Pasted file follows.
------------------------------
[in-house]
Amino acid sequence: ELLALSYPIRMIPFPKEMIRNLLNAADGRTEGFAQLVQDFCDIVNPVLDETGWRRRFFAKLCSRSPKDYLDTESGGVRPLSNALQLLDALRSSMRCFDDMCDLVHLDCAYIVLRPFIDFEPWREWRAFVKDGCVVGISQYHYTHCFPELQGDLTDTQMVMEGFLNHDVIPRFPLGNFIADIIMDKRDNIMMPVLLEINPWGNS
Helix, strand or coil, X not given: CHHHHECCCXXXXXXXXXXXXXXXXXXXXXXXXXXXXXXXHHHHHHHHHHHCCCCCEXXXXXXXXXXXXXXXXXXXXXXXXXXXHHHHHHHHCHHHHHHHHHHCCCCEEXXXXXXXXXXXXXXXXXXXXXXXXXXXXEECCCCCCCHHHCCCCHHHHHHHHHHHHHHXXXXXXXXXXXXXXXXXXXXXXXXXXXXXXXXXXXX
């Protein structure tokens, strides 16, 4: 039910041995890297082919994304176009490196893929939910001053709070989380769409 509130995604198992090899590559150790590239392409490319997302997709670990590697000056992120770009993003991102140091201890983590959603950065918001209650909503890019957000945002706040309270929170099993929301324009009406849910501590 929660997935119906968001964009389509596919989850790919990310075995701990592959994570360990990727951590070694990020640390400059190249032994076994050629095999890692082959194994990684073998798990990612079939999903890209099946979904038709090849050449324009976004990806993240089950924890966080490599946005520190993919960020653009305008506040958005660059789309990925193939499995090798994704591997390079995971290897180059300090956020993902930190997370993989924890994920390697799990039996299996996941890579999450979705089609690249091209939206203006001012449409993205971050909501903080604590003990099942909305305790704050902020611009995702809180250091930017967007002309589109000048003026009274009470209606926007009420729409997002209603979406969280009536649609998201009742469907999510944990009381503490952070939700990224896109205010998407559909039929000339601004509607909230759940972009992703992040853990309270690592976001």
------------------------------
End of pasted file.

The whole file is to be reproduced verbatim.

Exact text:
[in-house]
Amino acid sequence: ELLALSYPIRMIPFPKEMIRNLLNAADGRTEGFAQLVQDFCDIVNPVLDETGWRRRFFAKLCSRSPKDYLDTESGGVRPLSNALQLLDALRSSMRCFDDMCDLVHLDCAYIVLRPFIDFEPWREWRAFVKDGCVVGISQYHYTHCFPELQGDLTDTQMVMEGFLNHDVIPRFPLGNFIADIIMDKRDNIMMPVLLEINPWGNS
Helix, strand or coil, X not given: CHHHHECCCXXXXXXXXXXXXXXXXXXXXXXXXXXXXXXXHHHHHHHHHHHCCCCCEXXXXXXXXXXXXXXXXXXXXXXXXXXXHHHHHHHHCHHHHHHHHHHCCCCEEXXXXXXXXXXXXXXXXXXXXXXXXXXXXEECCCCCCCHHHCCCCHHHHHHHHHHHHHHXXXXXXXXXXXXXXXXXXXXXXXXXXXXXXXXXXXX
């Protein structure tokens, strides 16, 4: 039910041995890297082919994304176009490196893929939910001053709070989380769409 509130995604198992090899590559150790590239392409490319997302997709670990590697000056992120770009993003991102140091201890983590959603950065918001209650909503890019957000945002706040309270929170099993929301324009009406849910501590 929660997935119906968001964009389509596919989850790919990310075995701990592959994570360990990727951590070694990020640390400059190249032994076994050629095999890692082959194994990684073998798990990612079939999903890209099946979904038709090849050449324009976004990806993240089950924890966080490599946005520190993919960020653009305008506040958005660059789309990925193939499995090798994704591997390079995971290897180059300090956020993902930190997370993989924890994920390697799990039996299996996941890579999450979705089609690249091209939206203006001012449409993205971050909501903080604590003990099942909305305790704050902020611009995702809180250091930017967007002309589109000048003026009274009470209606926007009420729409997002209603979406969280009536649609998201009742469907999510944990009381503490952070939700990224896109205010998407559909039929000339601004509607909230759940972009992703992040853990309270690592976001």